"freq": 38,
"modulation": "OOK",
"data": "000000630000009c00700070002a002a002a0070002a002a002a007000700070002a002a002a0070002a002a002a007000700070002a002a002a0070002a002a002a007000700070002a002a002a0070002a002a002a007000700070002a002a002a0070002a002a002a007000700070002a002a002a0070002a002a002a007000700070002a002a002a0070002a002a002a007000700070002a002a002a004e",
"encoding": "hex",
"bps": 4000,
"reps": 1,

Thank you for your continued help. I was able to create a new command and attempted to store a new signal, but received the following error:

HTTP/1.1 400 Bad Request
Content-Length: 72
Content-Type: application/json; charset=utf-8

{"_error_id":43,"_error_msg":"data does not match specified encoding"}

I tried with both a bps of 4000 as you suggested and 40000 as per the API docs this is the limit for Hex encoding.

For completeness, here is the command I entered:

curl -i -X PUT -H "BOND-Token: MYTOKEN" -H "Content-Type: application/json" \
-d '{"freq": 38,"modulation": "OOK","data": "000000630000009c00700070002a002a002a0070002a002a002a007000700070002a002a002a0070002a002a002a007000700070002a002a002a0070002a002a002a007000700070002a002a002a0070002a002a002a007000700070002a002a002a0070002a002a002a007000700070002a002a002a0070002a002a002a007000700070002a002a002a0070002a002a002a007000700070002a002a002a004e","encoding": "hex","bps": 40000,"reps": 1}' \

I hate to continue bothering you, but am learning as quickly as I can. The error appears to indicate there is an error in the data field. Is there any way to get more details than that?

Thanks for being patient with me - it’s always a little extra time consuming to figure things out the first time but I do enjoy it, personally.

ah, thanks for catching the typo - my intention was to match the API docs.

Not of which I am aware. More plugging and chugging trying to find out what it wants, I suppose?

I have only ever used “cq” encoding when PUT’ing a new Signal, but I have seen “hex” on some of my raw-recorded devices. Those all have the hex characters in caps - not that it should make a difference, but it may?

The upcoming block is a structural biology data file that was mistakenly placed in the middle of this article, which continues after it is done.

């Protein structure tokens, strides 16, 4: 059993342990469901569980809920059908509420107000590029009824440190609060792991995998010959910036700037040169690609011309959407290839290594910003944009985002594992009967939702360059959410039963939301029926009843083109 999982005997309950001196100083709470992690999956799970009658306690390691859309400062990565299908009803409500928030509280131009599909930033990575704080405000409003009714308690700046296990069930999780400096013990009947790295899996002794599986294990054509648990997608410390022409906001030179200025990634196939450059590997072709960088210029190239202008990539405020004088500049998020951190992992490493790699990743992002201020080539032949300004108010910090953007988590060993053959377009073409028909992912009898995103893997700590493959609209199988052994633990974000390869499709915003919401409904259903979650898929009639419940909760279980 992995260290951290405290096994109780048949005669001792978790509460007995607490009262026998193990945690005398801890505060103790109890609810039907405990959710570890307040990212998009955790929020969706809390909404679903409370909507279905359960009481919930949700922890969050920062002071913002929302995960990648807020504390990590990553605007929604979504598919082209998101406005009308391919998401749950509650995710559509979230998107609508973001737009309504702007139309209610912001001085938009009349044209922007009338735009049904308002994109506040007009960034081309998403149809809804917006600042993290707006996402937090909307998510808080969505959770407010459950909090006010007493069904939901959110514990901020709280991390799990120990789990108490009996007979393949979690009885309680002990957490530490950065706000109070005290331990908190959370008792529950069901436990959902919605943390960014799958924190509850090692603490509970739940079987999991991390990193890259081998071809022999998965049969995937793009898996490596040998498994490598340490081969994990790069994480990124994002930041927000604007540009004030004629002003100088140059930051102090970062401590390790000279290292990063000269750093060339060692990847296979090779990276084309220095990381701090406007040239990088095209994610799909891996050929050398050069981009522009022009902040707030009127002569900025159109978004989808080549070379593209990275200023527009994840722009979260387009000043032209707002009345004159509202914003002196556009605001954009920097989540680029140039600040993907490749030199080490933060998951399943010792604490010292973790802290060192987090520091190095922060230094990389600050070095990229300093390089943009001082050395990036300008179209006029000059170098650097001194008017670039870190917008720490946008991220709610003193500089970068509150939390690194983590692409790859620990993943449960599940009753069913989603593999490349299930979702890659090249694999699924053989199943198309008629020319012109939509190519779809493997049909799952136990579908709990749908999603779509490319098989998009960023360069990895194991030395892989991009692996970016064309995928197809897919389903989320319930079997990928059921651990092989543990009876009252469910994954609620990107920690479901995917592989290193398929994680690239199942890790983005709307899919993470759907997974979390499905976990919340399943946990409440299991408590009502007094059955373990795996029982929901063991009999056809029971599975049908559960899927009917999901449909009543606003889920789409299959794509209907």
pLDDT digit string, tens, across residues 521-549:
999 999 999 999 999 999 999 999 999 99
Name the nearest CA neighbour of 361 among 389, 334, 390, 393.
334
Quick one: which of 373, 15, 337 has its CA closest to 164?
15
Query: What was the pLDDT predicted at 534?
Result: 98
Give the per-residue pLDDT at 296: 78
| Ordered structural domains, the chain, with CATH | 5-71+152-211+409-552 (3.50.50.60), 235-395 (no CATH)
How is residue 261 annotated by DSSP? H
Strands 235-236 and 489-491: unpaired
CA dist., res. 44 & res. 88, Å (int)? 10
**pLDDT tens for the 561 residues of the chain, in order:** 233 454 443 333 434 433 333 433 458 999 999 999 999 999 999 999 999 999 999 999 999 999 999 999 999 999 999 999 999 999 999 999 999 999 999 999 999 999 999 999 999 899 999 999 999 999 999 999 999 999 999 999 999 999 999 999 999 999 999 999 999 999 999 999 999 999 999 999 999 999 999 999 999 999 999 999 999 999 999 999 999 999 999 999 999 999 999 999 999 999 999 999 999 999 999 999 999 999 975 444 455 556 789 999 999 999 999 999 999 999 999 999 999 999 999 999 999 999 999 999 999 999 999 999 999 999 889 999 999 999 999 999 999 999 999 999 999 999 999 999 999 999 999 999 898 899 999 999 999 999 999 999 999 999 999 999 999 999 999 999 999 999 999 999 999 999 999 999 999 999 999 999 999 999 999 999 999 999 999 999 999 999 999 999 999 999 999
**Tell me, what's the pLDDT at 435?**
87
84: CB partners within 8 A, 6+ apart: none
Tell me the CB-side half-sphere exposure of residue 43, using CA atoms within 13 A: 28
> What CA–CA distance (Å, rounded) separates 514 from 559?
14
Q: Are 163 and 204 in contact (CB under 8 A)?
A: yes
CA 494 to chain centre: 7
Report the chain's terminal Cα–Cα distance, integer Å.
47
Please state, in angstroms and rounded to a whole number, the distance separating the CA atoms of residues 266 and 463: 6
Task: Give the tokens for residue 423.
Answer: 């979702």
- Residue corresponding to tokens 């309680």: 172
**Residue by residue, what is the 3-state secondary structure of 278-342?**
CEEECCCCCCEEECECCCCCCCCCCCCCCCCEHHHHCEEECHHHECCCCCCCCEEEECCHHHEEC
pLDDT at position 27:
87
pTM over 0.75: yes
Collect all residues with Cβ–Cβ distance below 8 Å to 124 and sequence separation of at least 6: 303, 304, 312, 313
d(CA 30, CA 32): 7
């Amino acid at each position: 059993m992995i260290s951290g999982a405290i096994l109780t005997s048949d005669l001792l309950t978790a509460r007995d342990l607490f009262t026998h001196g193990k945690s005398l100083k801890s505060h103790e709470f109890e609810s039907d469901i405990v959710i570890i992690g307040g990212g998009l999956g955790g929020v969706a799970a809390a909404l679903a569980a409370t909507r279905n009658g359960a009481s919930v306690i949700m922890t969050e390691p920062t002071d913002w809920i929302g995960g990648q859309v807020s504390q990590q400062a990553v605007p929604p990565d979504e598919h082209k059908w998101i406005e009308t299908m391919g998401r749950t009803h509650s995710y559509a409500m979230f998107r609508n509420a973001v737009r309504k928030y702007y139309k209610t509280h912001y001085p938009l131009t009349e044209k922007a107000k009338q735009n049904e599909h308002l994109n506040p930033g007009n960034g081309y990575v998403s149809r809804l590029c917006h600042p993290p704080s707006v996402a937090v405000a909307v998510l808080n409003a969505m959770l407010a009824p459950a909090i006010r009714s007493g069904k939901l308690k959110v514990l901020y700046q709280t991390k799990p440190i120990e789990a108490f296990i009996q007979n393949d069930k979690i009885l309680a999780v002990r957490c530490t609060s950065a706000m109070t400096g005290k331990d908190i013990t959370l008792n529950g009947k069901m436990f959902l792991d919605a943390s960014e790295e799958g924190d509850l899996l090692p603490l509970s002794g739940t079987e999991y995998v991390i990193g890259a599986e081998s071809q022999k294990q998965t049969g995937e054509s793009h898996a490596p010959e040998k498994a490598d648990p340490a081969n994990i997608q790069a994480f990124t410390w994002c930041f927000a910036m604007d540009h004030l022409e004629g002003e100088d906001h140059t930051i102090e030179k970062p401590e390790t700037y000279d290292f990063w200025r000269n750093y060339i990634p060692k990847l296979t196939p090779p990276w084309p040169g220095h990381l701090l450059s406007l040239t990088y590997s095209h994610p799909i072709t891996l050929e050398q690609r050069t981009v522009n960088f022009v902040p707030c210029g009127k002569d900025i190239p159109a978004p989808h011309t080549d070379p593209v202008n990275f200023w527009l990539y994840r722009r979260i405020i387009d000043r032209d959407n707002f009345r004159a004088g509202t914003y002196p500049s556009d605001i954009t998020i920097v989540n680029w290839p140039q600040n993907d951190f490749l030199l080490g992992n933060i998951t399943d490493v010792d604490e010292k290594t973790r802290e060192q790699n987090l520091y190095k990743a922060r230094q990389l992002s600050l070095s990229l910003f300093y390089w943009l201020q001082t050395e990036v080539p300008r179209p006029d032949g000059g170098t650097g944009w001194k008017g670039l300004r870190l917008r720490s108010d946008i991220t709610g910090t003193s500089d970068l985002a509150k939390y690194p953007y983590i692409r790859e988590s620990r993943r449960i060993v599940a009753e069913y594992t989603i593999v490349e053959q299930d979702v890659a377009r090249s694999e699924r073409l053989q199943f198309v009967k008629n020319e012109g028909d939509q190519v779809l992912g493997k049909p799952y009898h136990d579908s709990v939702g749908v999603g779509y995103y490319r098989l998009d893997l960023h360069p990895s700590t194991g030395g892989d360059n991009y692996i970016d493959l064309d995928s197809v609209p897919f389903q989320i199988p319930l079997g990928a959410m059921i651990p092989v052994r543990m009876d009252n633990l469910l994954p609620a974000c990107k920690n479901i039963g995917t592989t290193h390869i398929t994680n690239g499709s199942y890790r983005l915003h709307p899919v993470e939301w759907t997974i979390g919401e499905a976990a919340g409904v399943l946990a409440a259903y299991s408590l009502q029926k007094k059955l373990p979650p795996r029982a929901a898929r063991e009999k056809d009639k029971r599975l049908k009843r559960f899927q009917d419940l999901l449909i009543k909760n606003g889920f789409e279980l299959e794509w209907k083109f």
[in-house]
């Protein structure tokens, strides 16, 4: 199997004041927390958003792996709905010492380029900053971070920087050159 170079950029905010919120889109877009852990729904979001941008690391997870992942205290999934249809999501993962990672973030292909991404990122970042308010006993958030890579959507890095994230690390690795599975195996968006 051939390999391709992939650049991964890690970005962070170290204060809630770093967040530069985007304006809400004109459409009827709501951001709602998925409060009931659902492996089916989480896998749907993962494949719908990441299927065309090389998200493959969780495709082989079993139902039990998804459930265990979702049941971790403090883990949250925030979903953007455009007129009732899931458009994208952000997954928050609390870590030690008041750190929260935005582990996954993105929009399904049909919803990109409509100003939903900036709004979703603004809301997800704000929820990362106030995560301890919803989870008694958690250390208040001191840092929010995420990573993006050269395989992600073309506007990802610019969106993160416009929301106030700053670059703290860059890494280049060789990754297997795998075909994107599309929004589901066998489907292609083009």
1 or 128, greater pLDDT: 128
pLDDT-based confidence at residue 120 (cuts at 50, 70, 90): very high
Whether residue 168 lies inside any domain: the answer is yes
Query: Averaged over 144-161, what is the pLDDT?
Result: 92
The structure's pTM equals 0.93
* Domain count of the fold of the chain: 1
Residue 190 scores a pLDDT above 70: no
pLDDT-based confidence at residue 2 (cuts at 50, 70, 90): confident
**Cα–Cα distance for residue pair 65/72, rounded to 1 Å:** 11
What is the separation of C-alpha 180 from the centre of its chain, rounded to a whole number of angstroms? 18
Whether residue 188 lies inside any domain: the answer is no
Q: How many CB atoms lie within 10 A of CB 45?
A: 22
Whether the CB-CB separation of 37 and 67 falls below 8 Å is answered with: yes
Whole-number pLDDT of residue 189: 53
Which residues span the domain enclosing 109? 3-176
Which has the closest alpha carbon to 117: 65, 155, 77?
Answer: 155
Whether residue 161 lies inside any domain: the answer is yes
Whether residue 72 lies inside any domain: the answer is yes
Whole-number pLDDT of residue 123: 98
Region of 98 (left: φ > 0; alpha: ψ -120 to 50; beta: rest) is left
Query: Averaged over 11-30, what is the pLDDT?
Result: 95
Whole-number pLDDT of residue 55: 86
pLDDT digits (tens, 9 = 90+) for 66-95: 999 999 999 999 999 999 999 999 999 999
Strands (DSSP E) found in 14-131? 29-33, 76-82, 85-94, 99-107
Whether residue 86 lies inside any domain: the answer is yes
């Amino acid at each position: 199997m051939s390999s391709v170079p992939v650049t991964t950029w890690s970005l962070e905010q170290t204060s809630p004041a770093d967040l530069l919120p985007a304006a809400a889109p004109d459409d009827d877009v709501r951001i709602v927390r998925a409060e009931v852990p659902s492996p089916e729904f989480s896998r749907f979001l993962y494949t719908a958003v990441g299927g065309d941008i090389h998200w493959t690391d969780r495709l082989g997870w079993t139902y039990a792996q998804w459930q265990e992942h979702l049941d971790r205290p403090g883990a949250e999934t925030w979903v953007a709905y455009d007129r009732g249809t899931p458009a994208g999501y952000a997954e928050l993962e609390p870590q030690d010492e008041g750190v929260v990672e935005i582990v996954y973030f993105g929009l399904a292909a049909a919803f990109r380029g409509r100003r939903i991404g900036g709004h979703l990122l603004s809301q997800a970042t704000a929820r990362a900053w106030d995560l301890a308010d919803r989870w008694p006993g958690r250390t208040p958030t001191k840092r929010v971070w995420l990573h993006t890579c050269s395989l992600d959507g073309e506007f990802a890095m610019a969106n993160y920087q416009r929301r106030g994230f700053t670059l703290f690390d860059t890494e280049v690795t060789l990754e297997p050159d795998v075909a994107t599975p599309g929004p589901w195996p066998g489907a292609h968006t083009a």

curl -i -X PUT -H "BOND-Token: MYTOKEN" -H "Content-Type: application/json" \
-d '{"freq": 38,"modulation": "OOK","data": "000000630000009C00700070002A002A002A0070002A002A002A007000700070002A002A002A0070002A002A002A007000700070002A002A002A0070002A002A002A007000700070002A002A002A0070002A002A002A007000700070002A002A002A0070002A002A002A007000700070002A002A002A0070002A002A002A007000700070002A002A002A0070002A002A002A007000700070002A002A002A004E","encoding": "hex","bps": 40000,"reps": 1}' \

Below was one of my “cq” encoded PUT commands that worked for me (Windows command line format) - not that this would do anything for your device, but you could use it to make sure a known ‘good’ call doesn’t error out.
I also have some “hex” encoded Signals I can test myself PUT’ing on a new command tomorrow.

curl -H "BOND-Token: xxxxxxxxxxxxxxxx" http://nnn.nnn.nnn.nnn/v2/devices/DEVICEID/commands/COMMANDID/signal -X PUT -d "{\"freq\":433930,\"data\":\"1001011001011011011011001011001001011011011001011001001011001011001011001000000000000000000000000000000000\",\"encoding\":\"cq\",\"bps\":2494,\"reps\":12}"

You stumble across the solution: the data must be in ALL-CAPS!

I was able to upload the IR command, but still no dice. Doing some more reading, it appears these stupid shades need to receive an RF signal to “wake up” and only then will read IR commands.

Thank you for all your help on this. I’m hoping the BondHome developers will figure out how to allow integration of the RF signals from this remote.

Sorry to hear we’ve hit a dead end, @Juggler.

Since the hardware itself across all currently available Bridge devices doesn’t support the 2.4 GHz RF band, it isn’t something that can be added via future software enhancements to the current Bridge product. :face_with_diagonal_mouth: